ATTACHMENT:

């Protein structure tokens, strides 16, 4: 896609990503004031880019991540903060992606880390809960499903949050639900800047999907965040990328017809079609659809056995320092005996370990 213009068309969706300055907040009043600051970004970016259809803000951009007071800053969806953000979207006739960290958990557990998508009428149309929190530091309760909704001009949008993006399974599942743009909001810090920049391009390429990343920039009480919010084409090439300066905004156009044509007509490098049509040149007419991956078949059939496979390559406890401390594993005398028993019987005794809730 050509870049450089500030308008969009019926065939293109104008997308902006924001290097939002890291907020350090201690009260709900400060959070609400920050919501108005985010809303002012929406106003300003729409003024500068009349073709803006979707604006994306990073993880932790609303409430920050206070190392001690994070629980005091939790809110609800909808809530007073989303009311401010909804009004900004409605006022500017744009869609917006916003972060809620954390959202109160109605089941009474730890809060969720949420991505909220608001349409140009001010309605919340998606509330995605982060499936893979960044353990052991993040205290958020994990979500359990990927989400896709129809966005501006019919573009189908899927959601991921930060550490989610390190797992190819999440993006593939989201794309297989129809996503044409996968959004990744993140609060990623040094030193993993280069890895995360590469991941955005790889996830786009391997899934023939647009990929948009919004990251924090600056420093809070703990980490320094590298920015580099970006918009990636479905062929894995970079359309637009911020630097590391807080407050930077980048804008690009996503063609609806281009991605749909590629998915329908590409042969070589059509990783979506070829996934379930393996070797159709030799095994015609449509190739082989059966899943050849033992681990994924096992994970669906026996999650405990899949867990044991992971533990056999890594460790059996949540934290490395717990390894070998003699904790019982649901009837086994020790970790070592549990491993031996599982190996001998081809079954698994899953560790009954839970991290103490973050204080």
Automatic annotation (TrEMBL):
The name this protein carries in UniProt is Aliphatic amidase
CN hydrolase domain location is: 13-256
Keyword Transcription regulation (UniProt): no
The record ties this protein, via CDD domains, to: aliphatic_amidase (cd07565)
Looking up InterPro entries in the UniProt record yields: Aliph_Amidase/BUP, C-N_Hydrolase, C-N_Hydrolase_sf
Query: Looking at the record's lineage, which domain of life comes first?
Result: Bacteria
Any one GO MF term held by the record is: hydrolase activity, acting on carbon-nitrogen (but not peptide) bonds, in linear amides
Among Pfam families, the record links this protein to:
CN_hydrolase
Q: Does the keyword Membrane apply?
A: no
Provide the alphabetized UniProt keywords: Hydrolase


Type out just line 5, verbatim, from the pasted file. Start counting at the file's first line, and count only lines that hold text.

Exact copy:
Keyword Transcription regulation (UniProt): no